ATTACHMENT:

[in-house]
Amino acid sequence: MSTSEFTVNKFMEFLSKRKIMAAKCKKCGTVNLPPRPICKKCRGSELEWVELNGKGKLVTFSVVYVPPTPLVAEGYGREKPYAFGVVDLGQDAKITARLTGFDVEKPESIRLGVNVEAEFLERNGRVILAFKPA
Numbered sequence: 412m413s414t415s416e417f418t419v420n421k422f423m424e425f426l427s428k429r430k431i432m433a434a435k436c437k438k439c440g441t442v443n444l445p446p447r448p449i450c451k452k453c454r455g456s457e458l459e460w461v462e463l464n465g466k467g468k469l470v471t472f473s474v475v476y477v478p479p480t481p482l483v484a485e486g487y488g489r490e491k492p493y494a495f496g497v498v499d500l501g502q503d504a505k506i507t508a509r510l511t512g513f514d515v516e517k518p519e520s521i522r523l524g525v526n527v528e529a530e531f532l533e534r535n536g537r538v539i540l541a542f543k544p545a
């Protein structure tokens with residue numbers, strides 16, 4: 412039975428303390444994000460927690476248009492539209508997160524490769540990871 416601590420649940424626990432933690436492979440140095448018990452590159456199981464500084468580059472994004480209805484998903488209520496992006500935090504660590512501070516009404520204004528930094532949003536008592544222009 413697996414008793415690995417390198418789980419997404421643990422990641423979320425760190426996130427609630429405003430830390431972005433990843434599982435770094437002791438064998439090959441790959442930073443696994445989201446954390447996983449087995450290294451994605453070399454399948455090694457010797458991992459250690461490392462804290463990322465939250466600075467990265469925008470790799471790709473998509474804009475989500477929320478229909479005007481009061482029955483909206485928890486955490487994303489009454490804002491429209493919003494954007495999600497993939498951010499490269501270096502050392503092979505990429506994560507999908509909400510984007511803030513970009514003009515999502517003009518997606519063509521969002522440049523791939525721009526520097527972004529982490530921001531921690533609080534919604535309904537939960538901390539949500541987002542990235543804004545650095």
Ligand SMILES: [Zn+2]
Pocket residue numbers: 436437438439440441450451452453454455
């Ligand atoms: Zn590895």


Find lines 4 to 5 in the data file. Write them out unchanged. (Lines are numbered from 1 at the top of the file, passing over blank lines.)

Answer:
């Protein structure tokens with residue numbers, strides 16, 4: 412039975428303390444994000460927690476248009492539209508997160524490769540990871 416601590420649940424626990432933690436492979440140095448018990452590159456199981464500084468580059472994004480209805484998903488209520496992006500935090504660590512501070516009404520204004528930094532949003536008592544222009 413697996414008793415690995417390198418789980419997404421643990422990641423979320425760190426996130427609630429405003430830390431972005433990843434599982435770094437002791438064998439090959441790959442930073443696994445989201446954390447996983449087995450290294451994605453070399454399948455090694457010797458991992459250690461490392462804290463990322465939250466600075467990265469925008470790799471790709473998509474804009475989500477929320478229909479005007481009061482029955483909206485928890486955490487994303489009454490804002491429209493919003494954007495999600497993939498951010499490269501270096502050392503092979505990429506994560507999908509909400510984007511803030513970009514003009515999502517003009518997606519063509521969002522440049523791939525721009526520097527972004529982490530921001531921690533609080534919604535309904537939960538901390539949500541987002542990235543804004545650095």
Ligand SMILES: [Zn+2]